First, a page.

Africa – Week 5 & 6 Back to News List
Our research trip has been so action-packed time got away from us, add this to the fact that we are travelling in a VERY remote part of Africa with limited WIFI and we suddenly found ourselves two weeks since our last post, so here is two weeks roiled into one.
Our last days in Zimbabwe were spent flying above Victoria Falls in a helicopter and cruising the mighty Zambesi at sunset watching elephants drink from the rivers edge while hippos gazed curiously at us as we glided by, and crocs sunned themselves in the last rays of the day
Crossing into Zambia we got to experience our first “crazy African” border crossing where on entry we were descended upon by money changers, fixers, advisors, and officials wanting a plethora of paperwork filled in, although generally hating borders, it was good to back in this crazy world of African border crossings!
Border formalities complete we spent 2 hours visiting the Zambian side of Victoria Falls offering incredible views, we were at the end of the dry season but can only imagine what it would be like when the tour visits early August next year when it’s in full flow. A quick drive down to the superb Royal Livingstone Hotel, spectacularly located on the banks of the Zambesi, where we had lunch before hitting the road
The next few days were spent travelling north through the Zambian countryside getting very close to the Democratic Republic of the Congo at one point. We spent a night in the capital of Lusaka, just enough to get fined for some ludicrous lane infringement, downtown, and a visit to the sombre Antiretroviral Man statue made entirely from the beds of HIV patients who had died in Zambia.
We eventually reached the wonderful remote Kapishya Hot Springs staying for 2 nights in their rustic chalets aside the Mansha River that rushes past amongst towering ferns and fig trees. The following day was spent at the fascinating Shiwa Ng’andu Homestead, a fantastic villa like residence built in 1925 by Stewart Gore Browne, who was, amongst other appointments, was the governor of Tasmania for a time. A tour of the residence was like a step back through the pages of an unknown history, all his furniture, library, collections, and photos still remain in place exactly as it was nearly 100 years ago. A walk around the farm was a fascinating insight into the rugged farm life of the Zambian interior
It was with some coincidence that we visited a memorial on the banks of the Chambeshi River where the last shots were fired in WW1, 3 days after the Armistice was signed on the 11th of November 1918. Known as the “lion of Africa” General Von Liettow Vorbeck laid down his arms on receiving notice of the armistice. It was the 10th of November 2022 when we were there 1 day before (Armistice Day). We overnighted on the shores of Lake Chila where the Germans dumped their weapons at the end of WW1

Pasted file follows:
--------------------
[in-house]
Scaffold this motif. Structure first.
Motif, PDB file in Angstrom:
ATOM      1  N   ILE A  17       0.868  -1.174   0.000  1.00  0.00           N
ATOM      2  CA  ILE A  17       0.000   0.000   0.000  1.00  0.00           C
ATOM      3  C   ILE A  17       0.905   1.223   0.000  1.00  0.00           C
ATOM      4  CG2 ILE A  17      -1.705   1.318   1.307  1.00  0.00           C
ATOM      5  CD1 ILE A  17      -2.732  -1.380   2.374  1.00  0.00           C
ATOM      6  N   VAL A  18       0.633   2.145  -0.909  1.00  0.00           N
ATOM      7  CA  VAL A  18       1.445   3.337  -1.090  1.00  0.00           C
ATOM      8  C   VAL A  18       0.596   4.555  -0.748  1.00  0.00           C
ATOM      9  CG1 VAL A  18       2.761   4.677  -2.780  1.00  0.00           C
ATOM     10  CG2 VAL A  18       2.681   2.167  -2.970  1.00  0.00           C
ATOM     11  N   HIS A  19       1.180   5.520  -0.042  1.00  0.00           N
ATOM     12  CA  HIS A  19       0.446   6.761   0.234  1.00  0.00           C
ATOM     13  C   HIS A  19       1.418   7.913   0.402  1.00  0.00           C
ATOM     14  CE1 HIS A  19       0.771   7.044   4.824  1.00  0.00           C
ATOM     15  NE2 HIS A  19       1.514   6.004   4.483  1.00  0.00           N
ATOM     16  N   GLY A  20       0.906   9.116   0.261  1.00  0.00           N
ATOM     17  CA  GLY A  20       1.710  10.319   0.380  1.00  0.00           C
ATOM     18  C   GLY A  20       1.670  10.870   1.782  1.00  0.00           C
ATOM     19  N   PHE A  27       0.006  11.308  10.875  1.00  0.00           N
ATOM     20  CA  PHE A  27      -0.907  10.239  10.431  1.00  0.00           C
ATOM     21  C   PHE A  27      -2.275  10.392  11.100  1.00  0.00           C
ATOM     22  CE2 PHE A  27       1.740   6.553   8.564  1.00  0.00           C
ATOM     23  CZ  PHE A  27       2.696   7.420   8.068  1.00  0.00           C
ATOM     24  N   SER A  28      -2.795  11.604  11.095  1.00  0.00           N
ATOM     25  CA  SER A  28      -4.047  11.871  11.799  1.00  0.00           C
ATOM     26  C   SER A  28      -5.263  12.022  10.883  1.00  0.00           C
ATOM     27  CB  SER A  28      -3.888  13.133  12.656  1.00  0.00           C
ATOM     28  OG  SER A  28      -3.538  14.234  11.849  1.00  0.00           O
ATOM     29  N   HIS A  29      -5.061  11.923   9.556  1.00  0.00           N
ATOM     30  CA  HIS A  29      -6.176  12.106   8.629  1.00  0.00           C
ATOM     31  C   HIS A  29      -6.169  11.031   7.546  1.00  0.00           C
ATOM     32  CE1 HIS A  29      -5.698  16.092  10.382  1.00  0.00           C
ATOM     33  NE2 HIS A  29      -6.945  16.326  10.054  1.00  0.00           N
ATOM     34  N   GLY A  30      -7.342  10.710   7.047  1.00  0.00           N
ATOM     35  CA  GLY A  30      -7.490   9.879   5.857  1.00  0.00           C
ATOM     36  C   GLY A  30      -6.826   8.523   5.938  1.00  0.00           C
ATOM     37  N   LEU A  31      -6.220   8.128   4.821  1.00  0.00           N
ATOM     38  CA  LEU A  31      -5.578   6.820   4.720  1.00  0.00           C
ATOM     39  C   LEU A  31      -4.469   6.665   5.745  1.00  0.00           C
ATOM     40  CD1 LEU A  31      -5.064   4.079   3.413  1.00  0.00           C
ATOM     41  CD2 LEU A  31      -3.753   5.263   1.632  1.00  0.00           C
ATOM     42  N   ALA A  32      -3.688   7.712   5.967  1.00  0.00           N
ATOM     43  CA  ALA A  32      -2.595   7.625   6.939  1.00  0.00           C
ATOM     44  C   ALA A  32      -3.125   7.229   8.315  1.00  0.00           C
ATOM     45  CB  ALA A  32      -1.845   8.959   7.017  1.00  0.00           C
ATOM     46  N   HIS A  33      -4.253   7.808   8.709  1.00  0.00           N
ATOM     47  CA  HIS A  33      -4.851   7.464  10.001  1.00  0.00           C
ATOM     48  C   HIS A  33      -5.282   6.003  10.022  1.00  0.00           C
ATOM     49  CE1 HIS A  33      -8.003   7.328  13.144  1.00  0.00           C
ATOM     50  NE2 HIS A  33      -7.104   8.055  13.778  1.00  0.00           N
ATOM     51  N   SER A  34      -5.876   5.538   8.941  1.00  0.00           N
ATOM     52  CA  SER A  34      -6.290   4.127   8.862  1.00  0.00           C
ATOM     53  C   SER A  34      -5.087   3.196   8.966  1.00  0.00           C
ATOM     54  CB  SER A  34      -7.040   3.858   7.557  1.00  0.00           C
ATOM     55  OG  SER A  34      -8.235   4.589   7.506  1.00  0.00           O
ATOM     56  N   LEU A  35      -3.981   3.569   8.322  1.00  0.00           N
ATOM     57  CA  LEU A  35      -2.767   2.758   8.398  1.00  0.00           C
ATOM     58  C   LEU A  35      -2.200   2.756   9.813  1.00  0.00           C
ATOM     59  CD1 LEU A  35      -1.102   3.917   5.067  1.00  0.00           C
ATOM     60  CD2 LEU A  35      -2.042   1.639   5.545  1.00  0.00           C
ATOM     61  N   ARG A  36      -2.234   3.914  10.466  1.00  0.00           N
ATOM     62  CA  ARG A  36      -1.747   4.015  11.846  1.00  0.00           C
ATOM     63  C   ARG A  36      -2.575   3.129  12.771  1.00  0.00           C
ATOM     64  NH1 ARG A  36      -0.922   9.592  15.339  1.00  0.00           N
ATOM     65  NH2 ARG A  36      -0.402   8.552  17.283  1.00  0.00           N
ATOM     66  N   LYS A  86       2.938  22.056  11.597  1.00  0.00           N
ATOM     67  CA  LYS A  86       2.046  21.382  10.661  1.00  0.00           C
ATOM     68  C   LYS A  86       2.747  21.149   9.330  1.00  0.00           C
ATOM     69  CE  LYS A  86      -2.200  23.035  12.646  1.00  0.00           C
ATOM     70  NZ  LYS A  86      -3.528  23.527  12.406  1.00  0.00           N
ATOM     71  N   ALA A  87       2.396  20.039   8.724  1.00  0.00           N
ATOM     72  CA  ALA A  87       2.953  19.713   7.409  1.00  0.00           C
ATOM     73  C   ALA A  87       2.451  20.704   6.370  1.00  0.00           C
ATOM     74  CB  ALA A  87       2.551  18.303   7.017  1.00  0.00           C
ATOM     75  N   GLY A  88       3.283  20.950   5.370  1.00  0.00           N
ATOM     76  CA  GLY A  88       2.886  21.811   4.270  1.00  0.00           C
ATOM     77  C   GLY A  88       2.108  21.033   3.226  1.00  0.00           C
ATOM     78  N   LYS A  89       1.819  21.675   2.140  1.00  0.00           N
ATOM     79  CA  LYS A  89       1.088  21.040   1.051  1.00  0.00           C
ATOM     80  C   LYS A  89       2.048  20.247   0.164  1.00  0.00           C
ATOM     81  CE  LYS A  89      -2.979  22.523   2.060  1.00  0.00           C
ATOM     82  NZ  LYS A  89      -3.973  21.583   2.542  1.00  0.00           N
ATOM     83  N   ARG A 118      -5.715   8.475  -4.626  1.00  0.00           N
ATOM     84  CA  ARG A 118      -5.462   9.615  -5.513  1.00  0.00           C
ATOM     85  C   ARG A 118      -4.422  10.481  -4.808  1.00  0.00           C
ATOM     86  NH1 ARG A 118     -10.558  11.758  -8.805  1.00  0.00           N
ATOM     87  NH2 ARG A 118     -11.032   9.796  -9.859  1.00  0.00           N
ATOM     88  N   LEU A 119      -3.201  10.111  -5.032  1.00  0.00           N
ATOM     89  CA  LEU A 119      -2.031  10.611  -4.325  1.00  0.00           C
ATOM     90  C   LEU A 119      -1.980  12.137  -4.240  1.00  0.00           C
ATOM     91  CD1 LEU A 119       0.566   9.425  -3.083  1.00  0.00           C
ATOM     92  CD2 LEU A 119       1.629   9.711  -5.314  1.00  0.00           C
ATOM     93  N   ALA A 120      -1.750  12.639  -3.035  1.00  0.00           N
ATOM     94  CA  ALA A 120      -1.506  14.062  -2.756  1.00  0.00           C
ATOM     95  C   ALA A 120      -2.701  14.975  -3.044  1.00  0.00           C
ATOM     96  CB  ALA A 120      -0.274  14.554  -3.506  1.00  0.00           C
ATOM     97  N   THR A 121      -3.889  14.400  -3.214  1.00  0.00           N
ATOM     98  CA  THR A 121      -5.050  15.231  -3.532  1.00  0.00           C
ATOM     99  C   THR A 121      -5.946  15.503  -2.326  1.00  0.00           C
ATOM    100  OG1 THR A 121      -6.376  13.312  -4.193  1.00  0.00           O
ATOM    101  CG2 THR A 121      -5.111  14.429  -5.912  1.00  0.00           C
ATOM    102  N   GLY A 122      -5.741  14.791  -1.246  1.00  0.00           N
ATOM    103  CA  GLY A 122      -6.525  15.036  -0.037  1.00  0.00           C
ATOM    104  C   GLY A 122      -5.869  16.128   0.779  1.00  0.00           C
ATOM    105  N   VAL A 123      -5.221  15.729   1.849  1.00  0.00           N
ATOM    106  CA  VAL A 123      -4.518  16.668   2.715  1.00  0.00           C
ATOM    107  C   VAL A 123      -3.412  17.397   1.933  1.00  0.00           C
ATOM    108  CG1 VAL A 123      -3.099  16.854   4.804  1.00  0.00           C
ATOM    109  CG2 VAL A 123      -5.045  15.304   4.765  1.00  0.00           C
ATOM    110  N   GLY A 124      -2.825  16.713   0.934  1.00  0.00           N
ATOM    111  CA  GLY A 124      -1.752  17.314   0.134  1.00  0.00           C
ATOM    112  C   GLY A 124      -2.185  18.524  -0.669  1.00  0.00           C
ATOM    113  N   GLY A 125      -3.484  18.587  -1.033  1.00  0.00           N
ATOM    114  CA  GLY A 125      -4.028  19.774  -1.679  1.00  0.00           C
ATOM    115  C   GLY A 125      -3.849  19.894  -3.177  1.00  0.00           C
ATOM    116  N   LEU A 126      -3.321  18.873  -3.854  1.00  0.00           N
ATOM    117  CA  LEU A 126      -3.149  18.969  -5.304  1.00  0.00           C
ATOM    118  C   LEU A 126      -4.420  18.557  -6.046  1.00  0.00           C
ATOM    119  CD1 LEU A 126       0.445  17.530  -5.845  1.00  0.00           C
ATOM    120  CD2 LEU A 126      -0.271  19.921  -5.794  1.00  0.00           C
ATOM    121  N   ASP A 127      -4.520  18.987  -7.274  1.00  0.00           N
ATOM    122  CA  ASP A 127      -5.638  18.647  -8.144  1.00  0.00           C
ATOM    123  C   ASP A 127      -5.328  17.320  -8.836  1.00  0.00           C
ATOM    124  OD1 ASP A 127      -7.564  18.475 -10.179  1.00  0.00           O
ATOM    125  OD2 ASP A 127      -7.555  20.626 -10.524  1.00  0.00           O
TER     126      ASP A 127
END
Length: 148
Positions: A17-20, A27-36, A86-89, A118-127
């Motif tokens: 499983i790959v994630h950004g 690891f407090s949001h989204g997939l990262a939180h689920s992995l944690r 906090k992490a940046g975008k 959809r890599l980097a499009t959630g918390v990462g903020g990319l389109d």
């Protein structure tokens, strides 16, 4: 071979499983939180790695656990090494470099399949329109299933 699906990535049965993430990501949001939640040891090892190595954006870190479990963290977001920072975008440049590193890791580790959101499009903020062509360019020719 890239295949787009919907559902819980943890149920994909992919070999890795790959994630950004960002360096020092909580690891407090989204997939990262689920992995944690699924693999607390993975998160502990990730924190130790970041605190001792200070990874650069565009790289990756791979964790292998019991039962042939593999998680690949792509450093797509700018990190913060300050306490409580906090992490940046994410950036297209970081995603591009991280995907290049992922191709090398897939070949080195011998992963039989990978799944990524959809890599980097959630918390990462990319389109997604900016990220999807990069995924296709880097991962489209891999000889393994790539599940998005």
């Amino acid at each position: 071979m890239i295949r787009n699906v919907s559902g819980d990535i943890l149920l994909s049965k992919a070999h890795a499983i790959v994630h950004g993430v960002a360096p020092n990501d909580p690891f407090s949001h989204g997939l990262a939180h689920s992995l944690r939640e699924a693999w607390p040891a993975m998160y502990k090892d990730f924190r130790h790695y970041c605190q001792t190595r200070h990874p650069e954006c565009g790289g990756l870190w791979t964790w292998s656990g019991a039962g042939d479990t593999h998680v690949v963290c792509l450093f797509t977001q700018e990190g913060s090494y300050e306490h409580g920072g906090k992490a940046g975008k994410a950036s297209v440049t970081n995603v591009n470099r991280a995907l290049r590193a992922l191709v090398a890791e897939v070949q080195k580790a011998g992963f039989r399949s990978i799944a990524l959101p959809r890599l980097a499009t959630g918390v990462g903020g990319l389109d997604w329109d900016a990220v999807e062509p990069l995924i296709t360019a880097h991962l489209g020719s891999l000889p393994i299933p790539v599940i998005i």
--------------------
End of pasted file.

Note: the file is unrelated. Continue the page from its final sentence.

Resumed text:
It was time to leave Zambia and we crossed into Tanzania via another remote, utterly empty border, so empty in fact the customs official had to be called to come to the border to stamp us out but not before we were screened for Covid in a leaking army tent. It was a curios affair as the dishevelled official carefully placed a temperature tester, gloves, (that momentarily worried us), masks and testing kits out on a rickety table, only to then tell us the temperature reader hasn’t had any batteries for months, so didn’t work, he simply completed a form wrote our temps as 36.7 and sent us on our way, a little strange seeing as we were leaving Zambia, not entering??
Within 3 hours we were luxuriating at the absolutely superb Lakeshore Lodge stunningly located on the shores of the beautiful Lake Tanganyika. Our room looked out onto the lake that lapped at our veranda, traditional dhows sailed past, while we were being treated to a glorious sunset that turned the skies red as the distant Congo faded into darkness, it was simply beautiful
A day was spent on the lake enjoying a sunset cruise before being entertained by the effervescent owners who regaled with wonderful stories of life on Lake Tanganyika. Their motto is “arrive as guests and leave as friends” and we certainly felt so welcomed with stunning hospitably during our stay, it was the essence of Africa.
Our last day for week 5 saw us leaving Lake Tanganyika and driving through the incredible Katavi National Park, one of the only national parks in all of Africa where bikes can ride through. We were treated to one of the most amazing wildlife experiences thus far as we visited a hippo pool chock full of hippos then came across a narrow bridge with the dry season remnants of a river, the pools were full of hippos, crocodiles, and a plethora of birdlife, we stayed here for 2 hours marvelling at this wildlife spectacle. Moneys, antelope, and elephant were also sighted on this amazing drive on our way to Mbala for the night and the end of another incredible week, or two, in Africa